By Jack Phillips
Rep. Michael Burgess (R-Texas) has revealed that House Democrats are still withholding transcripts of depositions that were carried out several months ago in Congress’s Sensitive Compartmented Information Facility during their impeachment inquiry into President Donald Trump.
“According to House rules, any committee hearing, the transcript is supposed to be available to other House members. But they have not done so, and no one has asserted that these are classified briefings,” he told Fox News on Friday. “They were just simply secret hearings because it behooved the speaker to have secret hearings. That doesn’t pass muster. That’s not a constitutional part of the process.”
Burgess, who sits on the House Rules Committee, told Fox that Democrats in the House “made it secret” and posted “armed guards outside the doors” of the facility during the depositions.
What’s more, Burgess stated that Democrats “still haven’t made all of the transcripts available to members of Congress.”
In the interview, he didn’t elaborate on what transcripts are still being held, but Intelligence Community Inspector General (ICIG) Michael Atkinson’s interview has not yet been released. It’s not clear if it ever will be.
That was highlighted earlier this month by Rep. John Ratcliffe (R-Texas), who suggested that the transcript is being withheld because it might reveal contacts between House Intelligence Committee Chairman Adam Schiff’s (D-Calif.) office and the whistleblower whose complaint triggered the entire inquiry into the president’s dealings with Ukraine.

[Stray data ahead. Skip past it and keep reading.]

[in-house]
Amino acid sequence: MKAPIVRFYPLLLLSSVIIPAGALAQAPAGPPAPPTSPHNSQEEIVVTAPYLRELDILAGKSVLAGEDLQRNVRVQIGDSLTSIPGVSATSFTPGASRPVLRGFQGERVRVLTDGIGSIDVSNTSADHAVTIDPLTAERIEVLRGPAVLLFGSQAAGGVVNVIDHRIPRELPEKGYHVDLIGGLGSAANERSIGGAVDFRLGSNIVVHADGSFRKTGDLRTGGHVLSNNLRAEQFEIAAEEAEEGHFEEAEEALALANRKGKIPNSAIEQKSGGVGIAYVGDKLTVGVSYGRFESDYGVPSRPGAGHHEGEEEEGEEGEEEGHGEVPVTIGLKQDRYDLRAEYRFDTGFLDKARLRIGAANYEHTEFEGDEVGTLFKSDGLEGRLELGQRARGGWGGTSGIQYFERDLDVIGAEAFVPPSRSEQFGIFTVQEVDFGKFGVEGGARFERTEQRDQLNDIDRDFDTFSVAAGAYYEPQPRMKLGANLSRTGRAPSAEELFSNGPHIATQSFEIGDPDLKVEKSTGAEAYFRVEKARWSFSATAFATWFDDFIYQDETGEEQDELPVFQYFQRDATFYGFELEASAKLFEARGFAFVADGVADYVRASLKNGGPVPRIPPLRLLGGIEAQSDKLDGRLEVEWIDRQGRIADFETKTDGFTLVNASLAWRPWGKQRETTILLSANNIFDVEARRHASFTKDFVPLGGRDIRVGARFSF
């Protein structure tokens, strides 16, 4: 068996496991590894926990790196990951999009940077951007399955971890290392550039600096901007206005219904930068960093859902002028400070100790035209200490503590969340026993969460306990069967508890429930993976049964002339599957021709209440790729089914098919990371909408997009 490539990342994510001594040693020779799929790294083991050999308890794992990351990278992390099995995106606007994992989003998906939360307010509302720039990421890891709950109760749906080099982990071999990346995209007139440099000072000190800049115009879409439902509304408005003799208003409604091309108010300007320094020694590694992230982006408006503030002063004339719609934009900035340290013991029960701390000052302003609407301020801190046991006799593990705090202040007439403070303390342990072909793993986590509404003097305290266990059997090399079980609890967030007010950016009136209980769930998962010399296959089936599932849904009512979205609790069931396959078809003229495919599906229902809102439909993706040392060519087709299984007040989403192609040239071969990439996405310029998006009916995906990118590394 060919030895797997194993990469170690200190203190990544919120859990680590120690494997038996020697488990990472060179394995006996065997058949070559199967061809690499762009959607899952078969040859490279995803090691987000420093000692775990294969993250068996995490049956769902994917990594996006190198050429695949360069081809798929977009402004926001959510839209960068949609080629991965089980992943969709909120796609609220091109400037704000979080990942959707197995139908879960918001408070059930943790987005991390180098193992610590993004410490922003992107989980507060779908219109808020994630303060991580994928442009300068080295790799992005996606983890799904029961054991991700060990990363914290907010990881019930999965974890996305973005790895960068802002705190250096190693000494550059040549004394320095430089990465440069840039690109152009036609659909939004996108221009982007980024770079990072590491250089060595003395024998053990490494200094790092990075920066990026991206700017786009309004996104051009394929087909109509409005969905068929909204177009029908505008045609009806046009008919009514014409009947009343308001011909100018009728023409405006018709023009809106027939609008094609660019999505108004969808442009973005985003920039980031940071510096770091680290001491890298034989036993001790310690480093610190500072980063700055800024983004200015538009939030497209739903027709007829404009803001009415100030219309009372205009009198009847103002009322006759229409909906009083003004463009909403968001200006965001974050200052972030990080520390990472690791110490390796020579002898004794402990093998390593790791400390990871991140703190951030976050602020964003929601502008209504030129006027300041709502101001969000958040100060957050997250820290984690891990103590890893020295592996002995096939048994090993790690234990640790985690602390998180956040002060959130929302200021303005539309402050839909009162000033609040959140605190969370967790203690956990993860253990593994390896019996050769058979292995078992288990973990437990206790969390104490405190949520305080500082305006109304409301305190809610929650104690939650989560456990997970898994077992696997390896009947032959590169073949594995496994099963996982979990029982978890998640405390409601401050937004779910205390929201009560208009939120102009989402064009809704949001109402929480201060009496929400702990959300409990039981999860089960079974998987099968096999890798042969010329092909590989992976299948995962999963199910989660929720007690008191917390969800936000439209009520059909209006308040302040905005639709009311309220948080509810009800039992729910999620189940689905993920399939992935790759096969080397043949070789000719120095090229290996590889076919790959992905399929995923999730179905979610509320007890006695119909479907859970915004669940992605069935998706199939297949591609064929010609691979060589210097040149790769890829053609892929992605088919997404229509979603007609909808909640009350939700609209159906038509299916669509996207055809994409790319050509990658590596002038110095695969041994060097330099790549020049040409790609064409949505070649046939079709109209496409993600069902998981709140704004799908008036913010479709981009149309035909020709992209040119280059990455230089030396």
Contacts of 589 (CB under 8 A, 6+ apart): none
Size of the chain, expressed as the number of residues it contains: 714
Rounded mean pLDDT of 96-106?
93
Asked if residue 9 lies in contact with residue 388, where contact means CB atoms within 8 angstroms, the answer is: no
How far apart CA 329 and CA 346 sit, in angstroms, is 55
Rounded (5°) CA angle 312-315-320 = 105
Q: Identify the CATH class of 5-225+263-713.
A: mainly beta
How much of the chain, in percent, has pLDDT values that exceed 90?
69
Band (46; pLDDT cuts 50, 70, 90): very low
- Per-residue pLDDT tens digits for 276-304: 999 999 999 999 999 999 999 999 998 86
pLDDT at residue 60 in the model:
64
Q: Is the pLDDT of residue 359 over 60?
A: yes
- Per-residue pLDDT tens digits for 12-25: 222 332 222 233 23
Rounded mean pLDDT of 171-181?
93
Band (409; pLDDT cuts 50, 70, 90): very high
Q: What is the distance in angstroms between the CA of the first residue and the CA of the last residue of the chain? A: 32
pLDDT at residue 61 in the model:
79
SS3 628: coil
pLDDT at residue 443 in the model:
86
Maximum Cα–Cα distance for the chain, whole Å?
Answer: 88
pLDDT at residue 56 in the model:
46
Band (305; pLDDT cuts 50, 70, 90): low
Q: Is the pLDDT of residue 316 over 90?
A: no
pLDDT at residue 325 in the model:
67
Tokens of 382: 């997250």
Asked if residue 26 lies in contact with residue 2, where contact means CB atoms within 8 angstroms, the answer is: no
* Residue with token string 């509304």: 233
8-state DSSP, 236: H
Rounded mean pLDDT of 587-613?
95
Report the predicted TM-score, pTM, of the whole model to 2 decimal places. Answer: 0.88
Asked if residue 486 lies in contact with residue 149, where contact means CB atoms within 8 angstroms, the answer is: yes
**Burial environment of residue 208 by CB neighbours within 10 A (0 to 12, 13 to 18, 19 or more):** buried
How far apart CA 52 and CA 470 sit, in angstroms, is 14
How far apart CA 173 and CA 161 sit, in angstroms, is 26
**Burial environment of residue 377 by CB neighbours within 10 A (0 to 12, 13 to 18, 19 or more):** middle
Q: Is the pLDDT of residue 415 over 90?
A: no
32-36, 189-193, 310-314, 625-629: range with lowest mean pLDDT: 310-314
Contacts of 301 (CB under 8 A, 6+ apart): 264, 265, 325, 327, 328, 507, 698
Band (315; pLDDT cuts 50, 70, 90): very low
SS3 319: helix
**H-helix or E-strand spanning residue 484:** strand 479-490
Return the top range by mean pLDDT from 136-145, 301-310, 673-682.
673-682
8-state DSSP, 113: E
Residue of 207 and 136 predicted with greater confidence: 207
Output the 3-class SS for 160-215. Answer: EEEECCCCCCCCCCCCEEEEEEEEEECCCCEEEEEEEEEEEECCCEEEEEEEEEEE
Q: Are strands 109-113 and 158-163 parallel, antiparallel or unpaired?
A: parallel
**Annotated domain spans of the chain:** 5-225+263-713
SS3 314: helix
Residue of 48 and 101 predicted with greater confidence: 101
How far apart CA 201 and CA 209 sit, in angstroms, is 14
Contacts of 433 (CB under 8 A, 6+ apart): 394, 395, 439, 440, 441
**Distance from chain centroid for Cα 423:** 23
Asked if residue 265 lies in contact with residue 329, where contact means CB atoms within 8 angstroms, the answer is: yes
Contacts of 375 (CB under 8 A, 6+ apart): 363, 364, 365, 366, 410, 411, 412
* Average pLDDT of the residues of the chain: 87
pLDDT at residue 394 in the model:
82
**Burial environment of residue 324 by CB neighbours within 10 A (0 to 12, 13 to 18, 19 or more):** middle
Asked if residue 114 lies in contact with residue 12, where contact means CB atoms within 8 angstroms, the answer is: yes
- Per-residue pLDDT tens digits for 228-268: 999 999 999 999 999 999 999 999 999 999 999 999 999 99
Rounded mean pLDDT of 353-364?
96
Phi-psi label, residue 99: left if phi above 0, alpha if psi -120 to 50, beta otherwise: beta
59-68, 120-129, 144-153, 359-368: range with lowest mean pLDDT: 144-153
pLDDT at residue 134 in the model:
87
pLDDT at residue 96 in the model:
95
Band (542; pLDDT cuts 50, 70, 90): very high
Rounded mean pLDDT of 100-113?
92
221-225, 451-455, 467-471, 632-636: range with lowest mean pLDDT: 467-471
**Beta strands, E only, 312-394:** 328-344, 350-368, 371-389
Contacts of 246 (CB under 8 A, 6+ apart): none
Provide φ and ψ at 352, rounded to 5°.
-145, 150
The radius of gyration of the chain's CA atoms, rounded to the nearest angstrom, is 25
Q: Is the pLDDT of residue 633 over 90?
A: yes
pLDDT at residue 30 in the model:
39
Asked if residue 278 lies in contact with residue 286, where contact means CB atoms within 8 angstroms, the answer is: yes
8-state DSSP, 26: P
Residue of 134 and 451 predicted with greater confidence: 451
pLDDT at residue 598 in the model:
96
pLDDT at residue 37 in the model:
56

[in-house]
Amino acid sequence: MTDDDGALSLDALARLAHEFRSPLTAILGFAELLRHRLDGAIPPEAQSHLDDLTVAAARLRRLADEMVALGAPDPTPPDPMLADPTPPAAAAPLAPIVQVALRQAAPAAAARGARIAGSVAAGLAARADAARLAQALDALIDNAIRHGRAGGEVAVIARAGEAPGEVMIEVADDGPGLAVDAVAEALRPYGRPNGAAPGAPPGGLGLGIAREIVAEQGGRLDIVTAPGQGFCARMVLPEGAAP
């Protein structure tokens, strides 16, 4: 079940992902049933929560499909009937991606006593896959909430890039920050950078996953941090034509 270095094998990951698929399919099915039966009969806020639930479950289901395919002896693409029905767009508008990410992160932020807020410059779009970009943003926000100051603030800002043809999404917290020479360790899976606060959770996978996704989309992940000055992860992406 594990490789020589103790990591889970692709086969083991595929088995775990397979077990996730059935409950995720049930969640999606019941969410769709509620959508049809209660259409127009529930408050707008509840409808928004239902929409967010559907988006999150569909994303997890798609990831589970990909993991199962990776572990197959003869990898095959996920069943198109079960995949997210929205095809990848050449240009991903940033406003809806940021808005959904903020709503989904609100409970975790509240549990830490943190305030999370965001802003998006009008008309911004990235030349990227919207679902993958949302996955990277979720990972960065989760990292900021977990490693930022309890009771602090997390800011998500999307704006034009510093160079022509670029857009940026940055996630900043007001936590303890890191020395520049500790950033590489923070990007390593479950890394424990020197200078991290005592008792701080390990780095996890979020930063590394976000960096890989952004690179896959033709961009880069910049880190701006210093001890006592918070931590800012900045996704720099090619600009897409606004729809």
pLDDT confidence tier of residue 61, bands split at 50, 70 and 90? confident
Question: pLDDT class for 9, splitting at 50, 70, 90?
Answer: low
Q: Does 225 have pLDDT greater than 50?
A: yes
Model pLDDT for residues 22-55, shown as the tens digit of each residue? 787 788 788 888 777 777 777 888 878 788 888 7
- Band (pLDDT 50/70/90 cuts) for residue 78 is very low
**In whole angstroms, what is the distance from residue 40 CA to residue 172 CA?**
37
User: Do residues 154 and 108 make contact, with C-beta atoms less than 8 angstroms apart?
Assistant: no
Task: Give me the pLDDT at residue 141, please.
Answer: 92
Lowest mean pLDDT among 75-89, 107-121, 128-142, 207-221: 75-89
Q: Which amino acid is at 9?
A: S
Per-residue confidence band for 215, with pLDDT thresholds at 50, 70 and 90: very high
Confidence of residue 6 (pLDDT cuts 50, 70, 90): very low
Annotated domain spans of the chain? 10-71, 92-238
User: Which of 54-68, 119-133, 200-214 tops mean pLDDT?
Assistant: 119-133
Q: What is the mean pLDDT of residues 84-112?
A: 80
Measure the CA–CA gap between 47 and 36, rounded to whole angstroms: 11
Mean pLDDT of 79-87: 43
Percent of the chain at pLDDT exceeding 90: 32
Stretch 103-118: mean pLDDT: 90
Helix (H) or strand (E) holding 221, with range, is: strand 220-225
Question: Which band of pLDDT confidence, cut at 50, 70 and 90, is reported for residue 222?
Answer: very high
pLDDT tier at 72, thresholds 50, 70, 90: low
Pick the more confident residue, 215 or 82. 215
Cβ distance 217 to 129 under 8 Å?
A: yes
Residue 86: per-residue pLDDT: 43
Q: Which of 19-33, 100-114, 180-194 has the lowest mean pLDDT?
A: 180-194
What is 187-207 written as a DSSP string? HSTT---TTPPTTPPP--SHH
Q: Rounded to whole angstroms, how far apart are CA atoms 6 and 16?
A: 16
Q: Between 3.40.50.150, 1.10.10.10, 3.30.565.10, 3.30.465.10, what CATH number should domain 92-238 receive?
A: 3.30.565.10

Responding to a question on Twitter about the transcript in early December, Ratcliffe said: “It’s because I asked IG Atkinson about his ‘investigation’ into the contacts between Schiff’s staff and the person who later became the whistleblower. The transcript is classified ‘secret’ so Schiff can prevent you from seeing the answers to my questions.”
Unlike the other impeachment witnesses, his transcript has not been released by the Intelligence Committee. Before his deposition on Sept. 30, Atkinson’s office said (pdf) the whistleblower’s complaint “appeared credible.”
Republicans and Trump have accused Schiff’s office of allegedly having contact with the whistleblower before the complaint was filed, which the longtime California Democrat has denied. Schiff later confirmed the claim that his office was told about the complaint before it was filed, prompting allegations of collusion from Republicans.
Schiff has said that he didn’t want the whistleblower to be called in for testimony because he’s “concerned about a bad-faith effort to out a whistleblower who has a statutory right to remain anonymous.”
“The whistleblower has a right to anonymity. There are public reports that the life of the whistleblower has been threatened. We do not want this committee used, or this testimony used, to try to exact political retribution against the whistleblower,” he said days later.
During public hearings in the House Judiciary and House Intelligence committees, Republicans tried to get the whistleblower to testify, but their motions were voted down by the Democratic majority.